Best Buddies

Some things we can let go of. Other things we can stash in the bottom drawer. But the best things can stay in your heart forever.

Music and Principles

Salvation South has lots of music for you this week — and a touching story about an important value: standing by the folks who fought alongside you.

Repeatedly Almost Famous

In the late 1960s, a soul band called the Chevelles came together in Milledgeville, Georgia. By the time they graduated high school, they already had a hit record and had performed at Harlem’s legendary Apollo Theater. But they never got their due. Here’s their story.

Zainullah Zaki Comes to Texas

Salvation South contributor Russell Worth Parker helped write “Always Faithful,” the story of how a U.S. Marine major worked to get his Afghan translator out of the country when it fell last year. Today, the translator is building a new life in Texas with his wife and four children. (With a review of the book by J.A. Dailey)

Making Women Cry

In 2015, novelist Jonathan Odell, a Mississippi native, shared the stage with a legend of Southern literature, Pat Conroy, at Georgia’s Decatur Book Festival. In this lovely remembrance, he recalls how Conroy treated his fans like family.

Shouting, Shaking and Loving Like Family

In Salvation South’s story lineup this week, we do a deep dive into the Ring Shout — an essential piece of Southern culture. We throw in some Elvis Presley and Pat Conroy for a bonus.

Blood Memory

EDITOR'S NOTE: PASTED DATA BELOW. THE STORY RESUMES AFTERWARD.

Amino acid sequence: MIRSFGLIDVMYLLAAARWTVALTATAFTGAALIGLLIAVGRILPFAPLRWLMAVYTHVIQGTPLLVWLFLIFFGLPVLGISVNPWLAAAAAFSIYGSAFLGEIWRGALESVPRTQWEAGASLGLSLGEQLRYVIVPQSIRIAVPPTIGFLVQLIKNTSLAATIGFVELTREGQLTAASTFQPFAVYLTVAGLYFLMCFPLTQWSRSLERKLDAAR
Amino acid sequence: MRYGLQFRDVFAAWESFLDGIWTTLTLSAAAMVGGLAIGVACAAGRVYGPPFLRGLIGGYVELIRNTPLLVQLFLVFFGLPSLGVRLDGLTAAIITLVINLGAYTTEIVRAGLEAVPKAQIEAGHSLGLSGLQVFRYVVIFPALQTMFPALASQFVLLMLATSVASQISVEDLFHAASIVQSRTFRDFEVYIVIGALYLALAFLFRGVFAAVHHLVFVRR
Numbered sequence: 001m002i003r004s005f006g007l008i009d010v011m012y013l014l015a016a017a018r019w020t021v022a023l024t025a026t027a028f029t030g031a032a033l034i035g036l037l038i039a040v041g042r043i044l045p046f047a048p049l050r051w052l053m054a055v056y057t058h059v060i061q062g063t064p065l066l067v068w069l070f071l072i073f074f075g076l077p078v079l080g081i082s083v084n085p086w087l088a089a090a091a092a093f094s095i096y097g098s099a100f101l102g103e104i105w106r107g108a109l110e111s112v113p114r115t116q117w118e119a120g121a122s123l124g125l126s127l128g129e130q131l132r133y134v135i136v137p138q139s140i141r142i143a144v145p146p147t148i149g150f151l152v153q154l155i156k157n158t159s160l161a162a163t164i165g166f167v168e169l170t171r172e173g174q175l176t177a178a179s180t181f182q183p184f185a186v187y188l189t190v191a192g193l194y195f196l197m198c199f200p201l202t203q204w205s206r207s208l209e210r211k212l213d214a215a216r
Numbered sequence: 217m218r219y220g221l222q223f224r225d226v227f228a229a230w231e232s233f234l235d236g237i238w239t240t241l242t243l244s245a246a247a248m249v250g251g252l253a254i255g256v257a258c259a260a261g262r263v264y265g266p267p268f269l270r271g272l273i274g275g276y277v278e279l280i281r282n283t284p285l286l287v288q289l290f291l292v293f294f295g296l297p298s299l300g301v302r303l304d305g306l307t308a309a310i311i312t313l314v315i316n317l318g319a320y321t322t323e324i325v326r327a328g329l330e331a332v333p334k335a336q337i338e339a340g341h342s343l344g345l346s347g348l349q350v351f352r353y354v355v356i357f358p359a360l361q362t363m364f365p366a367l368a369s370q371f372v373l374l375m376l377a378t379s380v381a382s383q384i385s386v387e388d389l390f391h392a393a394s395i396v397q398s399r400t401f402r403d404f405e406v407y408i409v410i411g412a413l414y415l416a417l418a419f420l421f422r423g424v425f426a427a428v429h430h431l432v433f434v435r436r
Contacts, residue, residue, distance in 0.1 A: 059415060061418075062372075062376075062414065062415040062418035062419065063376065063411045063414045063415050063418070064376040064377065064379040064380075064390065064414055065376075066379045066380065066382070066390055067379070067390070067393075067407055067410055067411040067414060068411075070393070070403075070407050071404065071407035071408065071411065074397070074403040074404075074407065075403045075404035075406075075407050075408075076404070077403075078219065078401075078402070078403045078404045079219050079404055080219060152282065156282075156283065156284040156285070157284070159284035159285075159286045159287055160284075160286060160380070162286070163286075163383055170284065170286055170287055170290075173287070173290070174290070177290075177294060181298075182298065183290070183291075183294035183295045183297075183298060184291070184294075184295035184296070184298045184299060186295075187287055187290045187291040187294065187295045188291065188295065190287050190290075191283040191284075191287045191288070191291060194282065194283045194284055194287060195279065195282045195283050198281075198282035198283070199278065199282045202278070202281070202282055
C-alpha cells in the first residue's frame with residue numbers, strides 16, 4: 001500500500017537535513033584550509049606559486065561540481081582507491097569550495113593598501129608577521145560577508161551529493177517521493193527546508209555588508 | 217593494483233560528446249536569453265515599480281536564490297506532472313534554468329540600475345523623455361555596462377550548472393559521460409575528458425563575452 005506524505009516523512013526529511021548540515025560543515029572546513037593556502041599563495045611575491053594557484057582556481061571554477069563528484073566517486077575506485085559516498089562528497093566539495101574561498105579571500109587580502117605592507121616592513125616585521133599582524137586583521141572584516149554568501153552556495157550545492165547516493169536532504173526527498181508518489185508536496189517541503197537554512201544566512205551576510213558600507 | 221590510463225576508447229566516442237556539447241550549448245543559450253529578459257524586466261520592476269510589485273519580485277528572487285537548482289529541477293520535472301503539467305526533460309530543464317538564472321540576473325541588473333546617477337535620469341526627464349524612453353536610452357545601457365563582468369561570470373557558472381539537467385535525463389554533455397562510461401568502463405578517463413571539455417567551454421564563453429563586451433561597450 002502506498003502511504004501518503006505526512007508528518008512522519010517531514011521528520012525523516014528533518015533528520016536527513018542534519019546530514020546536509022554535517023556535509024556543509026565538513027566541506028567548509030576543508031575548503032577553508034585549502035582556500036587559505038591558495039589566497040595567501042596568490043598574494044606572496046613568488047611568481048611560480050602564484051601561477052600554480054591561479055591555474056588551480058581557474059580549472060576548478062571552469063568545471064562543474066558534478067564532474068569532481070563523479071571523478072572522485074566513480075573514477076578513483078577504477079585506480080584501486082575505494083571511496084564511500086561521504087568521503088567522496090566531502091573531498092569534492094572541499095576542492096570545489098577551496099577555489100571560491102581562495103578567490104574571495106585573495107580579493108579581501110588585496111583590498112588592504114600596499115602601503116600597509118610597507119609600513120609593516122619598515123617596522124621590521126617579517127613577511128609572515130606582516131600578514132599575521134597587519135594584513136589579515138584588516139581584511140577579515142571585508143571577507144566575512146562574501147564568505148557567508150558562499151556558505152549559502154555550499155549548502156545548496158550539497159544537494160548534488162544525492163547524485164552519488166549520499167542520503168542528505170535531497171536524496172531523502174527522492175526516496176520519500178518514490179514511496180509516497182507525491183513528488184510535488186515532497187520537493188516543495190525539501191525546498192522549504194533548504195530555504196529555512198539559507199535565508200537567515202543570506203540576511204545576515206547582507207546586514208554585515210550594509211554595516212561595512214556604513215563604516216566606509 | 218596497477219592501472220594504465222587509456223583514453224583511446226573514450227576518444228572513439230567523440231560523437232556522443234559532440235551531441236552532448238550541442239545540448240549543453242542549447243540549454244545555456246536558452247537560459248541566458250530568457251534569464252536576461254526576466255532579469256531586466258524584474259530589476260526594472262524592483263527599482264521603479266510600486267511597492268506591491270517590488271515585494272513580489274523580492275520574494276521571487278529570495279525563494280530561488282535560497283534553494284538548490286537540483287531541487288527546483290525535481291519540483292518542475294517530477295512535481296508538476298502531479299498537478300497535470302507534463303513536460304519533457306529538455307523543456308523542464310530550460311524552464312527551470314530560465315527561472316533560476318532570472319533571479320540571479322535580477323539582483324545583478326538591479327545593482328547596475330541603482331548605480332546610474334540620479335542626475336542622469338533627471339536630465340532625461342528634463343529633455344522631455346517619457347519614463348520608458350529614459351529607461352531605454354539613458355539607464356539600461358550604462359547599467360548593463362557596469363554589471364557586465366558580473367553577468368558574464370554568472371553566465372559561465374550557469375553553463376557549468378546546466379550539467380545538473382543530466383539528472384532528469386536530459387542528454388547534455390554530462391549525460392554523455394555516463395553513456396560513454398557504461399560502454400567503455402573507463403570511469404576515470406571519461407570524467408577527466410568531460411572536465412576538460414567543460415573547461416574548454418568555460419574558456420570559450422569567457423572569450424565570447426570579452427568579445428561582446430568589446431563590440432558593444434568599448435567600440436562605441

The Ring Shout — an ecstatic and transcendent spiritual dance rooted in West Africa — rose historically through the South as a tool of Black resistance. Today, its cultural significance and power serve the purpose of collective healing and the expression of Black joy.

Elvis Saves

How a Yankee found religion in the music of the boy from Tupelo

Digging on Willi

Musicians as exciting as Willi Carlisle come along once in a blue moon.

Willi Carlisle’s Song of Himself

“Salvation.” It’s right there in our name. It’s an elusive state attained via unexpected detours and poorly drawn maps. Willi Carlisle’s second album, “Peculiar, Missouri,” lays bare the peculiar path that this Arkansas man traveled to a place where he can see salvation waiting for him.

Jericho Road

An Episcopal priest’s poem ponders what we mean when we ask the question, “And who is my neighbor?”

Conquer the Soil

Atlanta’s Abra Lee is on a quest to recognize Black America’s greatest horticulturists.

Not Now

A short story about a North Carolina country woman who takes a bus into a better, brighter life — but one that lasts only for a day.